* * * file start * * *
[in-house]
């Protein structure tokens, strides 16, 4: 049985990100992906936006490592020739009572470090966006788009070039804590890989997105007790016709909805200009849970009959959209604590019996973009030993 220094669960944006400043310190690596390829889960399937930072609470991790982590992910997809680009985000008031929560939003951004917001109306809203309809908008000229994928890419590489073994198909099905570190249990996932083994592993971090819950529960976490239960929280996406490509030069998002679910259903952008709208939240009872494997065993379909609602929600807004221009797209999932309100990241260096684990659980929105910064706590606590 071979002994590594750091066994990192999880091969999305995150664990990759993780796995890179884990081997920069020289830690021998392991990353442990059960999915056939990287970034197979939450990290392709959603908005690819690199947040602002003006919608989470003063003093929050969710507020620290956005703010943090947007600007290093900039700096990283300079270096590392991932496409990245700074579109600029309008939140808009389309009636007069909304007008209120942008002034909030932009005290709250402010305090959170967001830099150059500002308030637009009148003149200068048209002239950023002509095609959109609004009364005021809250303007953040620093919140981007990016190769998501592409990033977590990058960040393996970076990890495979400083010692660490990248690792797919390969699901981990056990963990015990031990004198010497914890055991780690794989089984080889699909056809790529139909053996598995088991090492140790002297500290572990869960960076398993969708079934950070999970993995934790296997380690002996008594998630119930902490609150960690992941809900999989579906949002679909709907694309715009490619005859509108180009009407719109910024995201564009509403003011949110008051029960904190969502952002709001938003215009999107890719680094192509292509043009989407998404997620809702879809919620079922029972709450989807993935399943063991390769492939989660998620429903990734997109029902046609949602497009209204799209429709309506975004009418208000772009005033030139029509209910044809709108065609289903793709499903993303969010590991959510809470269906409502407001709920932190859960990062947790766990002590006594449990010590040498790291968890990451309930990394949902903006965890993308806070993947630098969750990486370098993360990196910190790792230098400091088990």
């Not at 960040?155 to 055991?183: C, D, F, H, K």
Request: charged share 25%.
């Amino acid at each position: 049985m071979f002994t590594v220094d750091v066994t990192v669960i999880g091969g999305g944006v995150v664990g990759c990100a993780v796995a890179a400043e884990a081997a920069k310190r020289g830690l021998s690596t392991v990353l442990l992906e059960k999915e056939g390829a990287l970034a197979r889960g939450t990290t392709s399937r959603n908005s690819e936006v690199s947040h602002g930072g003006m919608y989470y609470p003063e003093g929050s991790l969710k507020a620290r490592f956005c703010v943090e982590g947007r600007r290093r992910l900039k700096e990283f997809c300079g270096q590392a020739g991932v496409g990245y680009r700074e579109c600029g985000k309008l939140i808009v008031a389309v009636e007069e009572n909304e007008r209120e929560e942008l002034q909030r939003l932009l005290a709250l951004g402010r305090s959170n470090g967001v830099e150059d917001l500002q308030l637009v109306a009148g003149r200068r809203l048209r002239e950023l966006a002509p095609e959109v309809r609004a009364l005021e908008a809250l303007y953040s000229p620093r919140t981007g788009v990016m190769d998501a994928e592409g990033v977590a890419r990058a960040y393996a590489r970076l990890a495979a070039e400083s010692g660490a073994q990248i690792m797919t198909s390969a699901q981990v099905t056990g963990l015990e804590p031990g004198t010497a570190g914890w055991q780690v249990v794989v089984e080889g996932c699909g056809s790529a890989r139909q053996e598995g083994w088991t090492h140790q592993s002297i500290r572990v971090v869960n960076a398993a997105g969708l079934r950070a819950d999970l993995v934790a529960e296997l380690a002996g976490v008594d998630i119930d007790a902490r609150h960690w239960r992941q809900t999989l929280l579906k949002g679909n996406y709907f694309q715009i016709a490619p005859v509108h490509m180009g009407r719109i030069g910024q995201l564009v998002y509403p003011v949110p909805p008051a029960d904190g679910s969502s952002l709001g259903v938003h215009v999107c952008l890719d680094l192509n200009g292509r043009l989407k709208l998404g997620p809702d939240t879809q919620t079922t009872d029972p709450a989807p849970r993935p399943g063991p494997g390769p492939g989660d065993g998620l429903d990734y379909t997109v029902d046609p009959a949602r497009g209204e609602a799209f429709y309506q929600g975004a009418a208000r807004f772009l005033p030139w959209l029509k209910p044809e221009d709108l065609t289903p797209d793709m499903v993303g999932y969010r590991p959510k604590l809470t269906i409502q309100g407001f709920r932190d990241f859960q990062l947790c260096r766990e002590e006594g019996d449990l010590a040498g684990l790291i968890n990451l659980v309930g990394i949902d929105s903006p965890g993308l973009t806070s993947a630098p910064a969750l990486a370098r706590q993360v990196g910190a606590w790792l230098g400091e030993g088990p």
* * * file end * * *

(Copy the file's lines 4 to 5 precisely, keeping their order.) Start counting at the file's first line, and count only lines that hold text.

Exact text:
Request: charged share 25%.
């Amino acid at each position: 049985m071979f002994t590594v220094d750091v066994t990192v669960i999880g091969g999305g944006v995150v664990g990759c990100a993780v796995a890179a400043e884990a081997a920069k310190r020289g830690l021998s690596t392991v990353l442990l992906e059960k999915e056939g390829a990287l970034a197979r889960g939450t990290t392709s399937r959603n908005s690819e936006v690199s947040h602002g930072g003006m919608y989470y609470p003063e003093g929050s991790l969710k507020a620290r490592f956005c703010v943090e982590g947007r600007r290093r992910l900039k700096e990283f997809c300079g270096q590392a020739g991932v496409g990245y680009r700074e579109c600029g985000k309008l939140i808009v008031a389309v009636e007069e009572n909304e007008r209120e929560e942008l002034q909030r939003l932009l005290a709250l951004g402010r305090s959170n470090g967001v830099e150059d917001l500002q308030l637009v109306a009148g003149r200068r809203l048209r002239e950023l966006a002509p095609e959109v309809r609004a009364l005021e908008a809250l303007y953040s000229p620093r919140t981007g788009v990016m190769d998501a994928e592409g990033v977590a890419r990058a960040y393996a590489r970076l990890a495979a070039e400083s010692g660490a073994q990248i690792m797919t198909s390969a699901q981990v099905t056990g963990l015990e804590p031990g004198t010497a570190g914890w055991q780690v249990v794989v089984e080889g996932c699909g056809s790529a890989r139909q053996e598995g083994w088991t090492h140790q592993s002297i500290r572990v971090v869960n960076a398993a997105g969708l079934r950070a819950d999970l993995v934790a529960e296997l380690a002996g976490v008594d998630i119930d007790a902490r609150h960690w239960r992941q809900t999989l929280l579906k949002g679909n996406y709907f694309q715009i016709a490619p005859v509108h490509m180009g009407r719109i030069g910024q995201l564009v998002y509403p003011v949110p909805p008051a029960d904190g679910s969502s952002l709001g259903v938003h215009v999107c952008l890719d680094l192509n200009g292509r043009l989407k709208l998404g997620p809702d939240t879809q919620t079922t009872d029972p709450a989807p849970r993935p399943g063991p494997g390769p492939g989660d065993g998620l429903d990734y379909t997109v029902d046609p009959a949602r497009g209204e609602a799209f429709y309506q929600g975004a009418a208000r807004f772009l005033p030139w959209l029509k209910p044809e221009d709108l065609t289903p797209d793709m499903v993303g999932y969010r590991p959510k604590l809470t269906i409502q309100g407001f709920r932190d990241f859960q990062l947790c260096r766990e002590e006594g019996d449990l010590a040498g684990l790291i968890n990451l659980v309930g990394i949902d929105s903006p965890g993308l973009t806070s993947a630098p910064a969750l990486a370098r706590q993360v990196g910190a606590w790792l230098g400091e030993g088990p």